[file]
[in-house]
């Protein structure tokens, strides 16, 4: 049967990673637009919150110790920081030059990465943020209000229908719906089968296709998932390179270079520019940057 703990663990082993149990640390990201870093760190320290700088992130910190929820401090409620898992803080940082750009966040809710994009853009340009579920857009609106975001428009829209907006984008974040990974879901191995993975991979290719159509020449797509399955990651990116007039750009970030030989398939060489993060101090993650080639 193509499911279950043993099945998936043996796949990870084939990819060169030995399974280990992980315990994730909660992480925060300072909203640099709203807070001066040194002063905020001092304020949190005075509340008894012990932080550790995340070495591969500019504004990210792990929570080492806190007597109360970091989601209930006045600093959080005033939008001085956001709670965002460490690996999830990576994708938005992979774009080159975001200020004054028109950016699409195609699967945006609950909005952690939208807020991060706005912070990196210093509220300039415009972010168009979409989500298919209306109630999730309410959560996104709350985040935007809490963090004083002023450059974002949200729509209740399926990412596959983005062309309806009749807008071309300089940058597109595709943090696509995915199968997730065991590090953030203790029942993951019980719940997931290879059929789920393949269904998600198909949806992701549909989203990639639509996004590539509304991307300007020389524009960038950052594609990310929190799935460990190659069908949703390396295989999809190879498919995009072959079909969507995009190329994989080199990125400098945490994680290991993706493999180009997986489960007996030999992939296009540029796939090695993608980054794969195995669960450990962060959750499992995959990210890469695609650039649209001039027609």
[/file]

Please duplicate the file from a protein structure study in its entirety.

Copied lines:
[in-house]
């Protein structure tokens, strides 16, 4: 049967990673637009919150110790920081030059990465943020209000229908719906089968296709998932390179270079520019940057 703990663990082993149990640390990201870093760190320290700088992130910190929820401090409620898992803080940082750009966040809710994009853009340009579920857009609106975001428009829209907006984008974040990974879901191995993975991979290719159509020449797509399955990651990116007039750009970030030989398939060489993060101090993650080639 193509499911279950043993099945998936043996796949990870084939990819060169030995399974280990992980315990994730909660992480925060300072909203640099709203807070001066040194002063905020001092304020949190005075509340008894012990932080550790995340070495591969500019504004990210792990929570080492806190007597109360970091989601209930006045600093959080005033939008001085956001709670965002460490690996999830990576994708938005992979774009080159975001200020004054028109950016699409195609699967945006609950909005952690939208807020991060706005912070990196210093509220300039415009972010168009979409989500298919209306109630999730309410959560996104709350985040935007809490963090004083002023450059974002949200729509209740399926990412596959983005062309309806009749807008071309300089940058597109595709943090696509995915199968997730065991590090953030203790029942993951019980719940997931290879059929789920393949269904998600198909949806992701549909989203990639639509996004590539509304991307300007020389524009960038950052594609990310929190799935460990190659069908949703390396295989999809190879498919995009072959079909969507995009190329994989080199990125400098945490994680290991993706493999180009997986489960007996030999992939296009540029796939090695993608980054794969195995669960450990962060959750499992995959990210890469695609650039649209001039027609």